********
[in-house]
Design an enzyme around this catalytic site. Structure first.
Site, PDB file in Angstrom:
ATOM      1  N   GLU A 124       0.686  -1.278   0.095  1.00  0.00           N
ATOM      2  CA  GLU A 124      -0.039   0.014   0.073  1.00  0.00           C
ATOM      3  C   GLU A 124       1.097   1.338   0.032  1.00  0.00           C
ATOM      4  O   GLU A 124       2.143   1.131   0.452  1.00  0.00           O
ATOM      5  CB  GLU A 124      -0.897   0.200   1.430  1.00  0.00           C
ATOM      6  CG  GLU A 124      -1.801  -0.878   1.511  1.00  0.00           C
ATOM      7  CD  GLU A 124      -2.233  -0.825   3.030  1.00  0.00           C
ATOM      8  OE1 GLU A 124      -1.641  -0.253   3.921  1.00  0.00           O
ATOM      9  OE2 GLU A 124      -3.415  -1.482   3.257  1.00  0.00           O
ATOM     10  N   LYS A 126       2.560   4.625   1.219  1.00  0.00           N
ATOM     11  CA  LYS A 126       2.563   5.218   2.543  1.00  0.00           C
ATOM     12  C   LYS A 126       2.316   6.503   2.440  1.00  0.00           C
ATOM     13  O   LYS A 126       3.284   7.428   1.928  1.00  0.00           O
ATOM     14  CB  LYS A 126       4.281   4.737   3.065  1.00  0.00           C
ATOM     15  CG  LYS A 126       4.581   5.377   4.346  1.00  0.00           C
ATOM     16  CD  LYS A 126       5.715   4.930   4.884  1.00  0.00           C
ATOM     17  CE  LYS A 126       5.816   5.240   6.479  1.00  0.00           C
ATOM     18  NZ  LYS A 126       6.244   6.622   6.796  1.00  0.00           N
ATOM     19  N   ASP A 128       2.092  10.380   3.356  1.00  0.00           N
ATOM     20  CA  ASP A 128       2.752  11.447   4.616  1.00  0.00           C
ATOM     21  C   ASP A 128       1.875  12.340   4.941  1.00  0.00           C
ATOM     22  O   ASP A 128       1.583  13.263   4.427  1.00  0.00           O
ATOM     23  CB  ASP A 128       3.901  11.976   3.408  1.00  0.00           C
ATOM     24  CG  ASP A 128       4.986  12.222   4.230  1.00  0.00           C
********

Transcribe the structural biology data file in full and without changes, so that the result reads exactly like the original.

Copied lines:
[in-house]
Design an enzyme around this catalytic site. Structure first.
Site, PDB file in Angstrom:
ATOM      1  N   GLU A 124       0.686  -1.278   0.095  1.00  0.00           N
ATOM      2  CA  GLU A 124      -0.039   0.014   0.073  1.00  0.00           C
ATOM      3  C   GLU A 124       1.097   1.338   0.032  1.00  0.00           C
ATOM      4  O   GLU A 124       2.143   1.131   0.452  1.00  0.00           O
ATOM      5  CB  GLU A 124      -0.897   0.200   1.430  1.00  0.00           C
ATOM      6  CG  GLU A 124      -1.801  -0.878   1.511  1.00  0.00           C
ATOM      7  CD  GLU A 124      -2.233  -0.825   3.030  1.00  0.00           C
ATOM      8  OE1 GLU A 124      -1.641  -0.253   3.921  1.00  0.00           O
ATOM      9  OE2 GLU A 124      -3.415  -1.482   3.257  1.00  0.00           O
ATOM     10  N   LYS A 126       2.560   4.625   1.219  1.00  0.00           N
ATOM     11  CA  LYS A 126       2.563   5.218   2.543  1.00  0.00           C
ATOM     12  C   LYS A 126       2.316   6.503   2.440  1.00  0.00           C
ATOM     13  O   LYS A 126       3.284   7.428   1.928  1.00  0.00           O
ATOM     14  CB  LYS A 126       4.281   4.737   3.065  1.00  0.00           C
ATOM     15  CG  LYS A 126       4.581   5.377   4.346  1.00  0.00           C
ATOM     16  CD  LYS A 126       5.715   4.930   4.884  1.00  0.00           C
ATOM     17  CE  LYS A 126       5.816   5.240   6.479  1.00  0.00           C
ATOM     18  NZ  LYS A 126       6.244   6.622   6.796  1.00  0.00           N
ATOM     19  N   ASP A 128       2.092  10.380   3.356  1.00  0.00           N
ATOM     20  CA  ASP A 128       2.752  11.447   4.616  1.00  0.00           C
ATOM     21  C   ASP A 128       1.875  12.340   4.941  1.00  0.00           C
ATOM     22  O   ASP A 128       1.583  13.263   4.427  1.00  0.00           O
ATOM     23  CB  ASP A 128       3.901  11.976   3.408  1.00  0.00           C
ATOM     24  CG  ASP A 128       4.986  12.222   4.230  1.00  0.00           C